EMC’s Mark Lewis posted another thoughtful “blog episode”, outlining five predictions he has for the next few years. I don’t really agree with him much more than I did the last time, but it’s an interesting read nonetheless!
1. Offline Storage becomes extinct for most uses
Mark claims that “he cost/availability of network bandwidth, the cost of the people side of tape storage and handling, disk cost declines, multi-site DR, data de-duplication and many more factors” will kill tape eventually. Let’s take some of these in turn…
Network bandwidth, DR, and related tech
Like Hu Yoshida, who claimed we home users would rely on service providers rather than have a terabyte in our home, Mark assumes plentiful and cheap bandwidth. But this is simply not the case for many organizations – bandwidth is one of the biggest IT costs, especially for small companies, and other issues like latency and availability abound. Even with technical fixes like WAFS compression and acceleration, many organizations will not be able to replicate much of their storage for the time being. Unless there is some new blossoming of bandwidth, I don’t see this changing.
Disk cost declines
Yes, disk costs are going down. But tape costs are, too! Today’s tapes are still 1/3 the cost of the same space on disk and have remained thus for the last decade. Tape drives are still expensive, but considering that most organizations still use a “weekly full” schedule, the cost of media becomes their big concern, and tape has disk beat hands-down. Unless we all give up on daily backups for data recovery and start using snapshots, tape will not die. And, although I fervently believe in the rightness of this snapshot-based strategy, I doubt it’ll happen for some time to come.
This is always the problem with backup systems. Not so much the cost of people, but the reliability of human tape handling. Pour in enough money to make tape handling reliable and you’re pouring a lot into it indeed! But people costs are notoriously hard for IT to recognize, let alone manage or reduce. I don’t see this killing tape any more than it could kill the multitude of other time sinks in the IT world.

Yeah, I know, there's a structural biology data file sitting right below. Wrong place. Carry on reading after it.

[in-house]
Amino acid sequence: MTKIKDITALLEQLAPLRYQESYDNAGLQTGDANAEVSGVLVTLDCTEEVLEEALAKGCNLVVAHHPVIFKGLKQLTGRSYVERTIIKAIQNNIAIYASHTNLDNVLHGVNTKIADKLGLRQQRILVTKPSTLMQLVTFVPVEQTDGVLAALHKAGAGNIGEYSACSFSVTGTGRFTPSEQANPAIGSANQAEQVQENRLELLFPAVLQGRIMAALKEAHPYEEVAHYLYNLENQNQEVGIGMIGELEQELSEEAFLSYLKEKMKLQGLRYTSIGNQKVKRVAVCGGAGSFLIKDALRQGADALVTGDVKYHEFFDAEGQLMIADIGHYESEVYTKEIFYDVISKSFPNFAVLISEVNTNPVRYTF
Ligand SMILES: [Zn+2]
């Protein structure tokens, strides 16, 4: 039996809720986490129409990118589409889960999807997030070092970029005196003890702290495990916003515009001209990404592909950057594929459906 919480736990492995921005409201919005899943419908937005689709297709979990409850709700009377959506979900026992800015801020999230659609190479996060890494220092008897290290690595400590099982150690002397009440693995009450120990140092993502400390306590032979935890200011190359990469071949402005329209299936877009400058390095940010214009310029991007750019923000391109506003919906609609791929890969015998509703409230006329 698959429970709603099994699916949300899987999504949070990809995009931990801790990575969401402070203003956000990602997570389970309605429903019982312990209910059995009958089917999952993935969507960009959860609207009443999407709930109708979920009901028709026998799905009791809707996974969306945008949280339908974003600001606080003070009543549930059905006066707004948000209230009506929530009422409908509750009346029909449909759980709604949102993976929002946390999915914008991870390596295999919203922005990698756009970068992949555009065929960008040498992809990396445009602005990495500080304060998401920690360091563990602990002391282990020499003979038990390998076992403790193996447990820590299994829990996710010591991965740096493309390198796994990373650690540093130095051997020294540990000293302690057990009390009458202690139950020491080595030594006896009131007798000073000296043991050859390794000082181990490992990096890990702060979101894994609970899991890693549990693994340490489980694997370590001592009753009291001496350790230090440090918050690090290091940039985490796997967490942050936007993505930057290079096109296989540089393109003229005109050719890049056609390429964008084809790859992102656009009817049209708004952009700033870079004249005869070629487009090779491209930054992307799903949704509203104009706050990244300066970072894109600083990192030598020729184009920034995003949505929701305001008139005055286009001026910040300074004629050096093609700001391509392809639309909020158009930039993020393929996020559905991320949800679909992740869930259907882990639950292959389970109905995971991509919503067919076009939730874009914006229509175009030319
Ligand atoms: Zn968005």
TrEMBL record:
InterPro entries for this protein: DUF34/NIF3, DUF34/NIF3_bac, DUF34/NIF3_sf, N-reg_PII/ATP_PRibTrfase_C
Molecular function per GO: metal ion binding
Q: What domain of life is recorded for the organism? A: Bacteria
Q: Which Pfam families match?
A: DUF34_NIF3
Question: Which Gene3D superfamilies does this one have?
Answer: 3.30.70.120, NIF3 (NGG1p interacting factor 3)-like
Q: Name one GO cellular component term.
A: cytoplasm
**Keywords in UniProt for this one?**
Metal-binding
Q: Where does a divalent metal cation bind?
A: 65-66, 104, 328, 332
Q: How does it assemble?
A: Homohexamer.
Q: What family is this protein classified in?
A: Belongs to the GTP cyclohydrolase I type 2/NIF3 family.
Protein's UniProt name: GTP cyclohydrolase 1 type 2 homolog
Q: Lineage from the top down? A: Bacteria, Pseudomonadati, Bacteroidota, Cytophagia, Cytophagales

2. Flash becomes a viable Tier 1 storage option
Didn’t I just cover this the other day? Here’s the summary – solid-state disks are still way too expensive and way too short-lived for enterprise use. Put some cache in front of a disk and forget SSD. Note to Mark: This is exactly what EMC did in 1992 when they turned the Orion into the Symmetrix.
As for the OLTP angle – I agree that this one application of storage technology needs high performance. And I agree that NAND flash is cheaper than RAM and other technologies. Maybe use NAND as a cache? Or hybrid drives? But this is only a small component of enterprise data.
3. High Capacity/Low Cost Disk becomes the principle “bulk storage” medium
I can’t argue this one. Big fat slow disks are here in the enterprise space and are here to stay. Auto-magic virtualization tech will put the right data on them, and we’ll all hold hands and sing.
4. FCoE SANs become the FC evolution path for OLTP storage
Let’s see – Mark is predicting that FCoE beats FC and iSCSI in the high-end enterprise market. Well, I suppose you could claim that future versions of FC will run over Ethernet hardware, but FCoE?!? That dog is just now getting out of bed – let’s give it more than 3-5 years to rule the world, ok? Oh, and iSCSI still works great to let’s not count it out!
5. Web Storage Applications move away from SCSI and File System protocols and become connected principally via “Object” protocols (e.g. SOAP, REST)
I really wish this would happen. Mark cites Amazon.com’s S3 and EMC’s Documentum as examples of object stores. I think this prediction is really up in the air. I’m glad he didn’t specify exactly which object storage protocol will win, because I suspect it’ll be something we haven’t heard of yet. But I think he’s right that increasingly modular and relational applications found in this “Web 2.0” world will definitely prefer object storage instead of plain filesystems. Hopefully, enterprise applications will follow, and we’ll all laugh about the old days when we used to try to manage data with no metadata…
So I guess I don’t agree with Mark on a lot of these predictions. I really like what he has to say, for the most part. But it just doesn’t seem realistic to expect them all to come about in 3 to 5 years.
But hey, as they say, opinions are like belly buttons – everyone has one. Even me! Well, actually, I hear “they” use a different body part in this idiom, but this is a family blog!